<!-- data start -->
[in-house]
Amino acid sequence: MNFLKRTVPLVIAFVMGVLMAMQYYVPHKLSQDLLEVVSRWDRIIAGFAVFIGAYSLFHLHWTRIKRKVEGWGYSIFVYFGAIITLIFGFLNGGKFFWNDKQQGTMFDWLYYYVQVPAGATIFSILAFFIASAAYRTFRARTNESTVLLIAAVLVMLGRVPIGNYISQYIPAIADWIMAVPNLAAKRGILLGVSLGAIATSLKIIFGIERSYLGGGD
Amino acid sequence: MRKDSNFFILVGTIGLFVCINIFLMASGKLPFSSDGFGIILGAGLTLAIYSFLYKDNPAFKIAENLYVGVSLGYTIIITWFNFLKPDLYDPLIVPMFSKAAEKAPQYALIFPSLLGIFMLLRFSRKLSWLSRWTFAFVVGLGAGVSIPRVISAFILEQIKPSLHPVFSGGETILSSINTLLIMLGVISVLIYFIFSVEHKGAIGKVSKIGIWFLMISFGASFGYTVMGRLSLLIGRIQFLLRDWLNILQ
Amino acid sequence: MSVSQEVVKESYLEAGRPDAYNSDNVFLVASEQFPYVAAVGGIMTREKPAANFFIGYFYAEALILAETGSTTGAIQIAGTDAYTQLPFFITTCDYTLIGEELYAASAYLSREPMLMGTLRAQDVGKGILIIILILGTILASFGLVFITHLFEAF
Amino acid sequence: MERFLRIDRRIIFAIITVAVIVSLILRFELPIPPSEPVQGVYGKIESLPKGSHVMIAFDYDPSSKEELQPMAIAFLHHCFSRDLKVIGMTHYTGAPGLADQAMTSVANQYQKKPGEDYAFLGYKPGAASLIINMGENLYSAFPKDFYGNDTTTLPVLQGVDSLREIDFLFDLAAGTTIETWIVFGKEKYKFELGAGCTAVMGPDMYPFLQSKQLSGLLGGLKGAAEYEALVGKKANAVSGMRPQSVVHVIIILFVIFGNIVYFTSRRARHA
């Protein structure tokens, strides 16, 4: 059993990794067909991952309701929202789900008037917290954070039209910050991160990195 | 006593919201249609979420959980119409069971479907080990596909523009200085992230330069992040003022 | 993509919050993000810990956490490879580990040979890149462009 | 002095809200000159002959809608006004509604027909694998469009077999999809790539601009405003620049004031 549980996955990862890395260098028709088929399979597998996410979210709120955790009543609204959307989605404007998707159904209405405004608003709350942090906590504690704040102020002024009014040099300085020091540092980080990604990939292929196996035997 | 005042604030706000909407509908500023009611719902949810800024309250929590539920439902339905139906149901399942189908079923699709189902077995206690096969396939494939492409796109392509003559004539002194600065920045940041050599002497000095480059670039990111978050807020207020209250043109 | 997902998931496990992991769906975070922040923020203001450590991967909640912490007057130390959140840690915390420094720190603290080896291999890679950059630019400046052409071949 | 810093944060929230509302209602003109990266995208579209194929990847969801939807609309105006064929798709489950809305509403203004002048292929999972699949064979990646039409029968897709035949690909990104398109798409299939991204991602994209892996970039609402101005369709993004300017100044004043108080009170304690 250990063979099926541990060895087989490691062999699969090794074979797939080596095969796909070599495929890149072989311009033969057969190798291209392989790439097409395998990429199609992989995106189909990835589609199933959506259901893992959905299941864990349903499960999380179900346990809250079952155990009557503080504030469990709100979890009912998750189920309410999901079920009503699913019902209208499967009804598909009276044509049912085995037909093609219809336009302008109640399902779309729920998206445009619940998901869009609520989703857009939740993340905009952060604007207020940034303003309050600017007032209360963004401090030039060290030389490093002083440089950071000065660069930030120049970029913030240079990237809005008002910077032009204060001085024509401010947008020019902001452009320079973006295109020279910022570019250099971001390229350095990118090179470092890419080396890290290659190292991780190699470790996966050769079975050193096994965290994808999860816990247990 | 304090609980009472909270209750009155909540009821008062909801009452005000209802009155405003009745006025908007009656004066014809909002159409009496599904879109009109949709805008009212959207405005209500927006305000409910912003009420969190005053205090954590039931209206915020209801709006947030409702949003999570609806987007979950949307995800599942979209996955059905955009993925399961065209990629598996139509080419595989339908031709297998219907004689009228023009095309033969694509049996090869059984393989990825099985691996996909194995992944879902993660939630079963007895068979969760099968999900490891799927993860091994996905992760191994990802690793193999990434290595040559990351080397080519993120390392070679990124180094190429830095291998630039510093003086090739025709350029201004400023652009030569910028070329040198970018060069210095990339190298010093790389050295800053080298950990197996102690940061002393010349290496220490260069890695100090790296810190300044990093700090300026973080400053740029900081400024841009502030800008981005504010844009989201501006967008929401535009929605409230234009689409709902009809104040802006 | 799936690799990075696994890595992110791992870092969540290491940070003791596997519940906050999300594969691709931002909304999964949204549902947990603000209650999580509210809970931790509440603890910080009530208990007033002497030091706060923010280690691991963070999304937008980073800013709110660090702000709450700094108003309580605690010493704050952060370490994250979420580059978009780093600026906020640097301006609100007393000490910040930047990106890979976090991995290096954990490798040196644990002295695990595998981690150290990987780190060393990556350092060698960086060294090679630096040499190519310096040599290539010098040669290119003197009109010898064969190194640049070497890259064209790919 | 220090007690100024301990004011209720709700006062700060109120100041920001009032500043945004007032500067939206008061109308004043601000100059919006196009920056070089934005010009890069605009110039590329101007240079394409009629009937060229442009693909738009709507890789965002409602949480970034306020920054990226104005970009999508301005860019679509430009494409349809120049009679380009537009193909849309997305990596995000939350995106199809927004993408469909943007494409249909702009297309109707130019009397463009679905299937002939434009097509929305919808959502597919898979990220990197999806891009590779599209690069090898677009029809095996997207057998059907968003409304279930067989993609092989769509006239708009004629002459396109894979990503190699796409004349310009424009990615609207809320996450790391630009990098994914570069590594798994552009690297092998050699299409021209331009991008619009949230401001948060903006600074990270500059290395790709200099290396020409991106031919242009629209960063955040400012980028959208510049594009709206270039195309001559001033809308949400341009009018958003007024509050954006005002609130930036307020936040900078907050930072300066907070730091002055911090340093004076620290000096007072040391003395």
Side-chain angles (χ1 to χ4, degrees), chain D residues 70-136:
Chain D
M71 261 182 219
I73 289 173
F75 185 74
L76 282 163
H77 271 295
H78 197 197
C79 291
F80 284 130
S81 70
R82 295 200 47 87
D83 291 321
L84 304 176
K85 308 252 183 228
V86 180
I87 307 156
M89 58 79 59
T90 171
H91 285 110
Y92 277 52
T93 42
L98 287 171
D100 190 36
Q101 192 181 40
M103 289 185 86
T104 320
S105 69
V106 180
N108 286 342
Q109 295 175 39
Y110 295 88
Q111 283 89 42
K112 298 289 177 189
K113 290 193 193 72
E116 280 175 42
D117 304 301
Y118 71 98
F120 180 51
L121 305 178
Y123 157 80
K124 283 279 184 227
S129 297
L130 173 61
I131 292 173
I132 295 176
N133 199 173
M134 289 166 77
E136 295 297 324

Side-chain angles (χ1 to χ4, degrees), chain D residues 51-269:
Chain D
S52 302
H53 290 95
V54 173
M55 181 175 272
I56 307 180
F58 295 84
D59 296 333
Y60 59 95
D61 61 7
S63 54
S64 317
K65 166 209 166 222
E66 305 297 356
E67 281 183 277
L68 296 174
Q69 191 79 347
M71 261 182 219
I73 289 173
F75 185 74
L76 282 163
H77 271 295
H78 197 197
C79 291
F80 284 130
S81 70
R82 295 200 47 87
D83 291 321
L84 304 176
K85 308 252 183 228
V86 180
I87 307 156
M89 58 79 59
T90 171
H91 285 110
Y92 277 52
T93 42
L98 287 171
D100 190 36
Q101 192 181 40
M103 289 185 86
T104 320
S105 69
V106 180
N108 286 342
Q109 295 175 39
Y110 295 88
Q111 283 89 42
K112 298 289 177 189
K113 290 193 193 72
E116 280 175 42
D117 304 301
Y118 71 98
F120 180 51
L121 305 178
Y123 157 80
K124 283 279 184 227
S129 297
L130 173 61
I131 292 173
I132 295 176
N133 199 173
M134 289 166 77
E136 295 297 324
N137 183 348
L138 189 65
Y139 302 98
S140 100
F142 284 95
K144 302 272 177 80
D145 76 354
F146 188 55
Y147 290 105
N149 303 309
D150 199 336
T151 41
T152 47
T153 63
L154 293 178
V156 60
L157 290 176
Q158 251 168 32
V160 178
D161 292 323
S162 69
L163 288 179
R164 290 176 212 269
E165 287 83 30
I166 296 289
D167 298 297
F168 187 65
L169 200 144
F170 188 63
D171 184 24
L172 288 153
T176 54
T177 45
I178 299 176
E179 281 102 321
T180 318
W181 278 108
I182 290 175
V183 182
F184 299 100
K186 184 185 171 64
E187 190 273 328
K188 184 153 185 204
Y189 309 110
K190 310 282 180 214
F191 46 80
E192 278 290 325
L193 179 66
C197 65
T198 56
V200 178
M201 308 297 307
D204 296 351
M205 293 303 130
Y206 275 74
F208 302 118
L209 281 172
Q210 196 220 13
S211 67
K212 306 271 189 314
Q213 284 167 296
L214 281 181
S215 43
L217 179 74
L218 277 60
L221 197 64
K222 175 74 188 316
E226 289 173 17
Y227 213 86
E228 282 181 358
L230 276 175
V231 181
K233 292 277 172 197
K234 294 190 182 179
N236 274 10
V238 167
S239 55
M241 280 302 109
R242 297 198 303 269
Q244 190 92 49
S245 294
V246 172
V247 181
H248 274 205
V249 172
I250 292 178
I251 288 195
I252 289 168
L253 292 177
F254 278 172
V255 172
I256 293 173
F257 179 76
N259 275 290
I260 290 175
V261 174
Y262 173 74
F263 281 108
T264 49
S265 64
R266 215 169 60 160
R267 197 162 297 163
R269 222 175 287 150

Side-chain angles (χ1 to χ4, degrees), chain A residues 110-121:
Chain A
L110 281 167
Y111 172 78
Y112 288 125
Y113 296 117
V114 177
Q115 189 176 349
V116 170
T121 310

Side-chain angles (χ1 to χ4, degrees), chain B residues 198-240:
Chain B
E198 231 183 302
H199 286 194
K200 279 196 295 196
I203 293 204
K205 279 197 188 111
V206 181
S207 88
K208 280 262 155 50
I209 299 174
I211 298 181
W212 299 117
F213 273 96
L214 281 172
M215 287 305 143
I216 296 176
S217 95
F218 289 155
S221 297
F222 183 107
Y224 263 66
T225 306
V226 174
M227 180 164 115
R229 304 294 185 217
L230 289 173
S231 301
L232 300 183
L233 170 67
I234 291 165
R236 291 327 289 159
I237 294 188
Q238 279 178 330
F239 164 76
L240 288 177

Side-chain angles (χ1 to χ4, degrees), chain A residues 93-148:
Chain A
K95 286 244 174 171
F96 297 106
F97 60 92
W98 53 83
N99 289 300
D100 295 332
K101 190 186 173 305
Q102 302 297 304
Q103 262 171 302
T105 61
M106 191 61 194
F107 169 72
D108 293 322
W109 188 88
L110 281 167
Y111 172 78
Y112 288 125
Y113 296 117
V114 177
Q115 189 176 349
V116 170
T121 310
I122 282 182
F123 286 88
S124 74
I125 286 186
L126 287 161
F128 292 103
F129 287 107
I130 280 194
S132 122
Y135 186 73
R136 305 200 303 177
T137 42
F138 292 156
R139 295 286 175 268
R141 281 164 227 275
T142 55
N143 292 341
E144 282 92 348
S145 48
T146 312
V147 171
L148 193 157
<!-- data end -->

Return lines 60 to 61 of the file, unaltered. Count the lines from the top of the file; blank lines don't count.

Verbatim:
V54 173
M55 181 175 272